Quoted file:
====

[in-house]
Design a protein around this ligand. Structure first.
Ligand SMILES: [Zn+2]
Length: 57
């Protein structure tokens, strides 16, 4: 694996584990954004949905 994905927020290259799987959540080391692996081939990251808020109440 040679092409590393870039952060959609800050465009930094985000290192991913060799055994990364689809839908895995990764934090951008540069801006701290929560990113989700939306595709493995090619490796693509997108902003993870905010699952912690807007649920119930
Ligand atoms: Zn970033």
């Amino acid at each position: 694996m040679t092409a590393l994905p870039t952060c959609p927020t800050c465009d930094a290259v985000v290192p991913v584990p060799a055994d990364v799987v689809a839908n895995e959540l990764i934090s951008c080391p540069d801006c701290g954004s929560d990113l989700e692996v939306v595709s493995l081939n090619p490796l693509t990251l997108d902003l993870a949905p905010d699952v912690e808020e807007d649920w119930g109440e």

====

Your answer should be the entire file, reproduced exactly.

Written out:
[in-house]
Design a protein around this ligand. Structure first.
Ligand SMILES: [Zn+2]
Length: 57
């Protein structure tokens, strides 16, 4: 694996584990954004949905 994905927020290259799987959540080391692996081939990251808020109440 040679092409590393870039952060959609800050465009930094985000290192991913060799055994990364689809839908895995990764934090951008540069801006701290929560990113989700939306595709493995090619490796693509997108902003993870905010699952912690807007649920119930
Ligand atoms: Zn970033």
């Amino acid at each position: 694996m040679t092409a590393l994905p870039t952060c959609p927020t800050c465009d930094a290259v985000v290192p991913v584990p060799a055994d990364v799987v689809a839908n895995e959540l990764i934090s951008c080391p540069d801006c701290g954004s929560d990113l989700e692996v939306v595709s493995l081939n090619p490796l693509t990251l997108d902003l993870a949905p905010d699952v912690e808020e807007d649920w119930g109440e």